Young African-Americans Consume More Sugary Drinks
Who doesn’t love soda and fruit juice?
According to a new study from the University of Illinois at Chicago, perhaps we love it more than anyone else. Researchers found that African-American children and teens are twice as likely as their white counterparts to drink 500 or more calories of day of soda, fruit juice and other sugary drinks, writes Reuters.
By analyzing the daily drinking habits of 40,000 Americans, researchers also found that Black children were twice as likely to drink juices that were made up of real fruit juice. They also found that teens' consumption of sports drinks were up, from 4 to 12 percent from the years 1998-2008.
Other findings included:
Some good news: Heavy consumption — 500 of more calories a day — of sugary sweetened drinks fell among young adults (29-20 percent); teens (22-16 percent).
Some bad news: It rose among young kids (ages 2-11) from 4 to 5 percent.
While soda was the most popular sugary drink among young teens and adults, Black children were 60 percent less likely than their white peers to drink soda.
Poorer children, regardless of race, were twice as likely to drink sugary beverages compared to middle or upper middle class kids.
So what’s the deal?
While the study didn’t explore the “why,” Lisa Powell, the study’s co-author, believes that it may be a combination of factors. One being that children mimic their eating habits from what they see at home: If Mama drinks a lot of Pepsi or fruit juice, so will the kids.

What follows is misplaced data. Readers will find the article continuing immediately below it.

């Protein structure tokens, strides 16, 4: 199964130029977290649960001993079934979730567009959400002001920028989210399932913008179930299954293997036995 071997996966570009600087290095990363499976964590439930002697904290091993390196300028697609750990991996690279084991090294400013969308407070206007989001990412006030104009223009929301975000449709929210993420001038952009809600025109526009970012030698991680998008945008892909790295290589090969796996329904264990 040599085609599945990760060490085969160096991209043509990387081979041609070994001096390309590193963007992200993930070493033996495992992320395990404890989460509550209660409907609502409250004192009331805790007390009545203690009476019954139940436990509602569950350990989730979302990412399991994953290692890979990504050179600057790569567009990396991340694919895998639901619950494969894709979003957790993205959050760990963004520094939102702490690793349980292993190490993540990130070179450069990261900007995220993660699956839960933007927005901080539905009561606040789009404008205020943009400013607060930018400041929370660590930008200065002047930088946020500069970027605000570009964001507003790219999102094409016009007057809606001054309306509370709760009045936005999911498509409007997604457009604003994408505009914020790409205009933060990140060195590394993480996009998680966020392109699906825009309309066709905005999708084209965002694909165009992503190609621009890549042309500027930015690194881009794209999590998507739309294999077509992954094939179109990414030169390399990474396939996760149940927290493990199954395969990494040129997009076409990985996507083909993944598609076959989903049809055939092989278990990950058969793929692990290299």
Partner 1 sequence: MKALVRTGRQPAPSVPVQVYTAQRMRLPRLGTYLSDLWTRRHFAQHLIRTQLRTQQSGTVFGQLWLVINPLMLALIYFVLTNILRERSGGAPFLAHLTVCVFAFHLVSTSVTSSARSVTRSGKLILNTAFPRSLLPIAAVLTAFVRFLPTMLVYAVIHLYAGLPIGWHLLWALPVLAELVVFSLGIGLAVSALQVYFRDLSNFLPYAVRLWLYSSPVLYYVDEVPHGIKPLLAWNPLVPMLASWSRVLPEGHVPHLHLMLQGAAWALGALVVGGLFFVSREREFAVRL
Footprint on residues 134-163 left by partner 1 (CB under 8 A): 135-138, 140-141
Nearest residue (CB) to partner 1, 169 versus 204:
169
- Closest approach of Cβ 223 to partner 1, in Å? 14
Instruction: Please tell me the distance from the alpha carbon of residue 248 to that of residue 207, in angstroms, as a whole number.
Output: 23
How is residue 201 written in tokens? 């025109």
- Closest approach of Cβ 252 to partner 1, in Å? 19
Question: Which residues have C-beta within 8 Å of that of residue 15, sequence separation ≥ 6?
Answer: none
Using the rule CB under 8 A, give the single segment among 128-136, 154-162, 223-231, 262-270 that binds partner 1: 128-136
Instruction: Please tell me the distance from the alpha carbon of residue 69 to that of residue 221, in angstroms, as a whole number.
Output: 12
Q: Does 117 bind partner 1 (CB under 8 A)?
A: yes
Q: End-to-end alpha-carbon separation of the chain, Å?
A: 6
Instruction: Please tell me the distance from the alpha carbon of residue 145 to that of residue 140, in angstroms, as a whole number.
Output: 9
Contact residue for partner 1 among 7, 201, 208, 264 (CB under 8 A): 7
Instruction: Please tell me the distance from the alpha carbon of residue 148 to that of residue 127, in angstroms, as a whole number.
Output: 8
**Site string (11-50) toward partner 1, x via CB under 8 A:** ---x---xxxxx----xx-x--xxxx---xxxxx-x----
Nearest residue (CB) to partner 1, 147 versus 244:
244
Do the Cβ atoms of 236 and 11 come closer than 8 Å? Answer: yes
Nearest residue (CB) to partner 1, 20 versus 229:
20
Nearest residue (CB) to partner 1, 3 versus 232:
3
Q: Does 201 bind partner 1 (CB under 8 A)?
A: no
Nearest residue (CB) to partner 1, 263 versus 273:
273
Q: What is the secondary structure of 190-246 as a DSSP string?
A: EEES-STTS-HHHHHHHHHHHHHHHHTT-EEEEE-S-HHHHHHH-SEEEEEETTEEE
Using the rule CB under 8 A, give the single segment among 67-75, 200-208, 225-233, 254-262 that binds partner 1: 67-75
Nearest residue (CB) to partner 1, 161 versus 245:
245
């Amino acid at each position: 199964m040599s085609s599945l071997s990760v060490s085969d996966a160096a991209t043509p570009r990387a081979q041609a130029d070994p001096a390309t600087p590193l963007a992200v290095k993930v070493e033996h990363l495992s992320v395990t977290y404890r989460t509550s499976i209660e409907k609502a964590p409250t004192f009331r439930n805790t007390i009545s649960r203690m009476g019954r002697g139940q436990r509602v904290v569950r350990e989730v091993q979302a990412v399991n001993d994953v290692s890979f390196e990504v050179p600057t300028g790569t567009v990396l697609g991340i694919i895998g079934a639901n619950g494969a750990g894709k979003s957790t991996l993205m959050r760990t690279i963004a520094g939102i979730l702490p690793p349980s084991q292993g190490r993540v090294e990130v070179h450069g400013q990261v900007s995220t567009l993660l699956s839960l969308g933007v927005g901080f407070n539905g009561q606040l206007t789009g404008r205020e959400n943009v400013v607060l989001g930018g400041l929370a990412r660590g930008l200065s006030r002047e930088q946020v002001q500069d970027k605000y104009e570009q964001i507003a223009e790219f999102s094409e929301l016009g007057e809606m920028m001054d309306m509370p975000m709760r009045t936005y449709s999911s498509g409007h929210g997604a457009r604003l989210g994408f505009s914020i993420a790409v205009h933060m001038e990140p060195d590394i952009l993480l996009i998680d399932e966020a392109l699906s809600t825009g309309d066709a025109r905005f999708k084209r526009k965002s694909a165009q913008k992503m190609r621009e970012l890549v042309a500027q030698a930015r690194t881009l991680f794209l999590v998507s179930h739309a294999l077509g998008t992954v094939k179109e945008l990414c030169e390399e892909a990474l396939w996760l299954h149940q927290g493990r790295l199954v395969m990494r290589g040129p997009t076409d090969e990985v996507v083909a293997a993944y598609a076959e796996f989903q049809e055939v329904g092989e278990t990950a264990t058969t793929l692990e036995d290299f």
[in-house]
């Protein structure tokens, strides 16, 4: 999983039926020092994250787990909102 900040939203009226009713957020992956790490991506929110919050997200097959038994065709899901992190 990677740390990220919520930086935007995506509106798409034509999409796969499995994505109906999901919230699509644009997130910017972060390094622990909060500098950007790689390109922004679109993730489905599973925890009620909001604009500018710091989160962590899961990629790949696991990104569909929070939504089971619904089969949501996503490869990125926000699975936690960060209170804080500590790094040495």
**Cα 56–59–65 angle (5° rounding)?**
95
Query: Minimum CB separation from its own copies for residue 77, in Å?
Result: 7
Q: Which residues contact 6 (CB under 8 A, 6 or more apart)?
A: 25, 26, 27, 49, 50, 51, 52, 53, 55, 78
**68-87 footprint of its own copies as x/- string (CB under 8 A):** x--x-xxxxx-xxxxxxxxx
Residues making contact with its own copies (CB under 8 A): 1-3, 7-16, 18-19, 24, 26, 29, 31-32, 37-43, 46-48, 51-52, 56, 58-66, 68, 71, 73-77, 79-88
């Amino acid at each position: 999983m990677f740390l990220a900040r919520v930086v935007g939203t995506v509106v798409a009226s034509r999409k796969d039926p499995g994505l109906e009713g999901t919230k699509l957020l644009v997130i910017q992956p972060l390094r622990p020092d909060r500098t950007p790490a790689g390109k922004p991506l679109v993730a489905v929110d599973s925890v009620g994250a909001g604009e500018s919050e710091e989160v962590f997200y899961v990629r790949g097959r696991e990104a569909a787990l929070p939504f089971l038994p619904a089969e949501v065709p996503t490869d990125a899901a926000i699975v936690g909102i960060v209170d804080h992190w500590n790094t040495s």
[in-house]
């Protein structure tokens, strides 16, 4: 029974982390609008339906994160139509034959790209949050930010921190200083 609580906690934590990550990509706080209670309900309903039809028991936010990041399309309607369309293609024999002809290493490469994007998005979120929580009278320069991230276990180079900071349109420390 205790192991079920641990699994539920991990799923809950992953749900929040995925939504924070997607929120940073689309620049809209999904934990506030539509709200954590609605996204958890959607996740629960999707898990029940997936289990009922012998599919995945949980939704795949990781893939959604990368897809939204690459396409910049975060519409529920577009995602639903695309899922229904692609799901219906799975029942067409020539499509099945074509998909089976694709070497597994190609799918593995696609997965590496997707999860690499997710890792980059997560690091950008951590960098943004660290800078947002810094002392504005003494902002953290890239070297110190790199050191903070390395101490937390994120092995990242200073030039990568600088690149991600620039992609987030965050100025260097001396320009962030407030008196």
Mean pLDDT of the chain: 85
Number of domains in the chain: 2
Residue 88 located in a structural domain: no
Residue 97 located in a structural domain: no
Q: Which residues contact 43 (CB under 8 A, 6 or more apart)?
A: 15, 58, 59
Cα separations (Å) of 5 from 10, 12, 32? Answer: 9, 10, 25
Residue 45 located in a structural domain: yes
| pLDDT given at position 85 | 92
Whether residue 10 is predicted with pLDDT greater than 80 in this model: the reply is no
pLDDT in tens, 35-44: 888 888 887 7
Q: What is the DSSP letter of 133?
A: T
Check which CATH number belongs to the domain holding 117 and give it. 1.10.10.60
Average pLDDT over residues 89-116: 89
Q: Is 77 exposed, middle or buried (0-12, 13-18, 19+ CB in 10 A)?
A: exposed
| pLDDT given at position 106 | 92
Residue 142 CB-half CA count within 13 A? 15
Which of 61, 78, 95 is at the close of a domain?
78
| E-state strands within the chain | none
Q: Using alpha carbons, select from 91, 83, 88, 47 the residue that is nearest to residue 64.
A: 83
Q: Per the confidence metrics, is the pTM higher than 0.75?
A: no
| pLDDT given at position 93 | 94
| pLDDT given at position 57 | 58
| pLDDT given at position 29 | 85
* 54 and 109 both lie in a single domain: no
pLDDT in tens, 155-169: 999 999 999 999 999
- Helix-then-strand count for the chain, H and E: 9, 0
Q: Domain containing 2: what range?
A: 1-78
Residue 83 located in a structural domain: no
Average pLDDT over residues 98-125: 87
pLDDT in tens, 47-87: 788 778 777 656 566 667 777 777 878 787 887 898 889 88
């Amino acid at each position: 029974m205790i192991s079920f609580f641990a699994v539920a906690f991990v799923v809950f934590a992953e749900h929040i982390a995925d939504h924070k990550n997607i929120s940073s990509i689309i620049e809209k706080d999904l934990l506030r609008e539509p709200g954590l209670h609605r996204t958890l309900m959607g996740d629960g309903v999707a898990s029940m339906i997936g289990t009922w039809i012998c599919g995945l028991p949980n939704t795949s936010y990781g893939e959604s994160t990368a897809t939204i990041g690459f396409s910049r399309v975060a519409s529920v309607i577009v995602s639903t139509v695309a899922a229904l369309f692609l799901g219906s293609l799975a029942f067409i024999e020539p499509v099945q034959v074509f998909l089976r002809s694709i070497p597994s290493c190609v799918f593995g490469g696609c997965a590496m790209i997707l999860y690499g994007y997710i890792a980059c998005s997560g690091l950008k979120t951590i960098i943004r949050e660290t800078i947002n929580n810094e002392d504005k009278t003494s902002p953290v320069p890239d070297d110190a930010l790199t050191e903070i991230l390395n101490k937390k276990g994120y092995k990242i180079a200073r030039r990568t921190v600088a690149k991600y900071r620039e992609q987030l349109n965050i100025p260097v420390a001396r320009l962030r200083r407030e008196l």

There are also socioeconomic factors, points out Think Progress.com:
Even aside from cost barriers, lower-income Americans tend to live in neighborhoods that lack healthy, high-quality food in nearby grocery stores, and they often struggle to access the transportation they need to go grocery shopping. The fast food industry also contributes to nutrition disparities by targeting its marketing to low-income communities.
Nevertheless, one important takeaway from this study is that fruit juice is just as much as a factor in obesity as soda.
“Some groups may be more at risk for soda, others may be more at risk for fruit drinks, all of which … have the same sugar base that contributes to obesity and disease,” one of the study’s co-authors, Powell told Reuters.
Our advice: Try limiting the amount of sugary drinks you consume every day and opt for gulping down some water.
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